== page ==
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Most readers would already be aware that Worthington Industries' (NYSE:WOR) stock increased significantly by 17% over the past three months. Since the market usually pay for a company’s long-term fundamentals, we decided to study the company’s key performance indicators to see if they could be influencing the market. In this article, we decided to focus on Worthington Industries' ROE.
ROE or return on equity is a useful tool to assess how effectively a company can generate returns on the investment it received from its shareholders. In other words, it is a profitability ratio which measures the rate of return on the capital provided by the company's shareholders.
How Is ROE Calculated?
ROE can be calculated by using the formula:
Return on Equity = Net Profit (from continuing operations) ÷ Shareholders' Equity
So, based on the above formula, the ROE for Worthington Industries is:
41% = US$580m ÷ US$1.4b (Based on the trailing twelve months to November 2020).
The 'return' is the amount earned after tax over the last twelve months. So, this means that for every $1 of its shareholder's investments, the company generates a profit of $0.41.
Why Is ROE Important For Earnings Growth?
Thus far, we have learned that ROE measures how efficiently a company is generating its profits. Based on how much of its profits the company chooses to reinvest or "retain", we are then able to evaluate a company's future ability to generate profits. Assuming everything else remains unchanged, the higher the ROE and profit retention, the higher the growth rate of a company compared to companies that don't necessarily bear these characteristics.
Worthington Industries' Earnings Growth And 41% ROE
Firstly, we acknowledge that Worthington Industries has a significantly high ROE. Additionally, the company's ROE is higher compared to the industry average of 13% which is quite remarkable. As a result, Worthington Industries' exceptional 21% net income growth seen over the past five years, doesn't come as a surprise.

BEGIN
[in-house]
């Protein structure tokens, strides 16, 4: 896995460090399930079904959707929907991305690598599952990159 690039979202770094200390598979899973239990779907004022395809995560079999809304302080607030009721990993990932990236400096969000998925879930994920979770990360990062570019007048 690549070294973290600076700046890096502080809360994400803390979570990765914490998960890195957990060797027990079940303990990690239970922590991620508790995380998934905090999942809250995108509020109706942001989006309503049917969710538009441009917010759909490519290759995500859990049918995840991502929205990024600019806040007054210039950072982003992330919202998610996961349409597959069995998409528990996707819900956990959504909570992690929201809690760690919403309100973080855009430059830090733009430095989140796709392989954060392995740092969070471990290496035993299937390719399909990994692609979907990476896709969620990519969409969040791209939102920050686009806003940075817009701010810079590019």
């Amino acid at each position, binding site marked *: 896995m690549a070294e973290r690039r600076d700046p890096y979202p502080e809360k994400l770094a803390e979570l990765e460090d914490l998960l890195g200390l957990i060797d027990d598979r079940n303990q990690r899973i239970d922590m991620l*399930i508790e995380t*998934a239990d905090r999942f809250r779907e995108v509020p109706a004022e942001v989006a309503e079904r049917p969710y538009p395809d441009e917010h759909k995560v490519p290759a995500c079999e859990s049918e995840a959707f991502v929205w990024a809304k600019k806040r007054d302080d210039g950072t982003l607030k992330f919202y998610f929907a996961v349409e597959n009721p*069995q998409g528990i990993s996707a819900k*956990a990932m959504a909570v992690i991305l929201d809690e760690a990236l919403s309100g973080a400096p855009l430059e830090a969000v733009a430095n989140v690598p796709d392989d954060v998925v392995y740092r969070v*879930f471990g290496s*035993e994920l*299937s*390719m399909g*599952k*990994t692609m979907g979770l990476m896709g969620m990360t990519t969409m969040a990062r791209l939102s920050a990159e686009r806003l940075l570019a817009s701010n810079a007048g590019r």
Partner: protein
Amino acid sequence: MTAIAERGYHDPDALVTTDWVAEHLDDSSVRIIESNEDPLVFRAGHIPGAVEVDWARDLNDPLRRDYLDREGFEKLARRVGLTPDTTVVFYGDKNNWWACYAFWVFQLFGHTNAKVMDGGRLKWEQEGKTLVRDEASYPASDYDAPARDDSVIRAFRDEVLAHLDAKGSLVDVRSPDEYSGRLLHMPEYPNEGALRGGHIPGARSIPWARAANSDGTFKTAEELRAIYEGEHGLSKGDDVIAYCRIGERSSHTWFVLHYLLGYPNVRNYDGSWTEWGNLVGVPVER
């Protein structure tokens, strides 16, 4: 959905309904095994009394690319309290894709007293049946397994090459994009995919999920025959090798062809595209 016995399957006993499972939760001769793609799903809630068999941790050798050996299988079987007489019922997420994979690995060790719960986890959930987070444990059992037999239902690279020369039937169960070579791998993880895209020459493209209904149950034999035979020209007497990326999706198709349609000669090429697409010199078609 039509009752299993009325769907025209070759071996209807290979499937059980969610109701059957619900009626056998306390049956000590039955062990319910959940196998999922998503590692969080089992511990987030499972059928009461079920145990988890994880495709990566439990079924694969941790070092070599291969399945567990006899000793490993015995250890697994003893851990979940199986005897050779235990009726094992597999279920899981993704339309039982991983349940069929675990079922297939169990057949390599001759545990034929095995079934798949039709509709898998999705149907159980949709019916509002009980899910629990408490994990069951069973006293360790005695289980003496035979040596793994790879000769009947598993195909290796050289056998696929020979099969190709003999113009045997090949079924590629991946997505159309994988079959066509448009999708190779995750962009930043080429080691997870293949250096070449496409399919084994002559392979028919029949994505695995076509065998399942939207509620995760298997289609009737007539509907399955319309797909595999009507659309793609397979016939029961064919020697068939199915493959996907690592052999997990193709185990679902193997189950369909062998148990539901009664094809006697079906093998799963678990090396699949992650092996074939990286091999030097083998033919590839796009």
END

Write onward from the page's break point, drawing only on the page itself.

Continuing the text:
As a next step, we compared Worthington Industries' net income growth with the industry and found that the company has a similar growth figure when compared with the industry average growth rate of 22% in the same period.
Earnings growth is a huge factor in stock valuation. It’s important for an investor to know whether the market has priced in the company's expected earnings growth (or decline). Doing so will help them establish if the stock's future looks promising or ominous. If you're wondering about Worthington Industries''s valuation, check out this gauge of its price-to-earnings ratio, as compared to its industry.
Is Worthington Industries Efficiently Re-investing Its Profits?
Worthington Industries' three-year median payout ratio is a pretty moderate 29%, meaning the company retains 71% of its income. This suggests that its dividend is well covered, and given the high growth we discussed above, it looks like Worthington Industries is reinvesting its earnings efficiently.
Moreover, Worthington Industries is determined to keep sharing its profits with shareholders which we infer from its long history of paying a dividend for at least ten years. Upon studying the latest analysts' consensus data, we found that the company is expected to keep paying out approximately 29% of its profits over the next three years. Still, forecasts suggest that Worthington Industries' future ROE will drop to 12% even though the the company's payout ratio is not expected to change by much.
Overall, we are quite pleased with Worthington Industries' performance. Specifically, we like that the company is reinvesting a huge chunk of its profits at a high rate of return. This of course has caused the company to see substantial growth in its earnings. That being so, according to the latest industry analyst forecasts, the company's earnings are expected to shrink in the future. Are these analysts expectations based on the broad expectations for the industry, or on the company's fundamentals? Click here to be taken to our analyst's forecasts page for the company.
This article by Simply Wall St is general in nature. It does not constitute a recommendation to buy or sell any stock, and does not take account of your objectives, or your financial situation. We aim to bring you long-term focused analysis driven by fundamental data. Note that our analysis may not factor in the latest price-sensitive company announcements or qualitative material. Simply Wall St has no position in any stocks mentioned.
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